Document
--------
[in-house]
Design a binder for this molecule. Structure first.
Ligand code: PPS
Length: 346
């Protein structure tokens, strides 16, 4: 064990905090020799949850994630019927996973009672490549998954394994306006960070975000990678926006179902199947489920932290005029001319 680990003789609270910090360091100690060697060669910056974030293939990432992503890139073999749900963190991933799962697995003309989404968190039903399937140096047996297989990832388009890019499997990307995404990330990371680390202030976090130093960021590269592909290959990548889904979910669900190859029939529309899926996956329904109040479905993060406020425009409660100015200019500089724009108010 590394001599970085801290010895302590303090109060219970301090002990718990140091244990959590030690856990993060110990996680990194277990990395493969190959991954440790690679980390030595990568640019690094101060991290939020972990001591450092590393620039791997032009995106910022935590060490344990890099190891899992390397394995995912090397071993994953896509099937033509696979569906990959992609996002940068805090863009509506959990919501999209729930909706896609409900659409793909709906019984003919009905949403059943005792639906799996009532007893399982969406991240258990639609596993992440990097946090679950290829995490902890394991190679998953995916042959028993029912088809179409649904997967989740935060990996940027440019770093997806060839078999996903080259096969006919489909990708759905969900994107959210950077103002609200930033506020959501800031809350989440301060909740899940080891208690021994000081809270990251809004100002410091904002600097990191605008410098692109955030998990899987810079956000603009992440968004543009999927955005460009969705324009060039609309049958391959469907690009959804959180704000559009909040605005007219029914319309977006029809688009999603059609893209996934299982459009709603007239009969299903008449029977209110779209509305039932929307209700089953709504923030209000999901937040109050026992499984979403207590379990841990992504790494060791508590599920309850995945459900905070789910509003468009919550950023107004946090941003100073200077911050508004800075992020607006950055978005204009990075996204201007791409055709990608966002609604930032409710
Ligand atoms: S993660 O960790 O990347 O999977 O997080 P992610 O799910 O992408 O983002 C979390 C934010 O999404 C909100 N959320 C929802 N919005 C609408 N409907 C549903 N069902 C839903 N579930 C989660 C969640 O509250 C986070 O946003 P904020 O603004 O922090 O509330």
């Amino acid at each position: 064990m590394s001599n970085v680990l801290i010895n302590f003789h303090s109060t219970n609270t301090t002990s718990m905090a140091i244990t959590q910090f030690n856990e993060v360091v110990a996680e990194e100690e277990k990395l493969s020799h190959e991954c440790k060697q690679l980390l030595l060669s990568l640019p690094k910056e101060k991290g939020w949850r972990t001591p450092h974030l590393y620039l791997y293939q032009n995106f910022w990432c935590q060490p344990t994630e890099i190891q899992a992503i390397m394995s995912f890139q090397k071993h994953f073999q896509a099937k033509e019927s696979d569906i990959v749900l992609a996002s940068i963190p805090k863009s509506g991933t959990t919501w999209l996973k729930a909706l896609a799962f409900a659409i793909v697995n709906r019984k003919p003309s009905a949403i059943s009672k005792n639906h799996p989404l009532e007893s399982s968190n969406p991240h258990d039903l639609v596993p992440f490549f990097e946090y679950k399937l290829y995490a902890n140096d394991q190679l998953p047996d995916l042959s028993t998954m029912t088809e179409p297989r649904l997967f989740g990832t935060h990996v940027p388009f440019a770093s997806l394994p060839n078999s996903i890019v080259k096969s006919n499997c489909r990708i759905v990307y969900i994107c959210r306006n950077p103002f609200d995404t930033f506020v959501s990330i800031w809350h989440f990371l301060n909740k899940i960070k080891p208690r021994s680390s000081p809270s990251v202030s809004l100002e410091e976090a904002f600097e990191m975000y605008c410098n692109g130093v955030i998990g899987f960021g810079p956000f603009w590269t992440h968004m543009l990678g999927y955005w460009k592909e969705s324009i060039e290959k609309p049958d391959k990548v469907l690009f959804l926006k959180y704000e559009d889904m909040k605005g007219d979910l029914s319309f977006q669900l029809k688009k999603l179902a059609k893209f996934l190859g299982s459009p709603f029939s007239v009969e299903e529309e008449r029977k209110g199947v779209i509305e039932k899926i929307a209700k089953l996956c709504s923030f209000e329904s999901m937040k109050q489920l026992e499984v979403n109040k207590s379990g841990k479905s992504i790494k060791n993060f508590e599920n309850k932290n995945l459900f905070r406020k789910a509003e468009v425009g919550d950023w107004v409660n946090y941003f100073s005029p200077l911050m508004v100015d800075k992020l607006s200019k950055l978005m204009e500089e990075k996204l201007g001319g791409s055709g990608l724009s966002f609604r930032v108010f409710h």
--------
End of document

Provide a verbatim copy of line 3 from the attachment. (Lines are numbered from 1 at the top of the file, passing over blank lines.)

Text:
Ligand code: PPS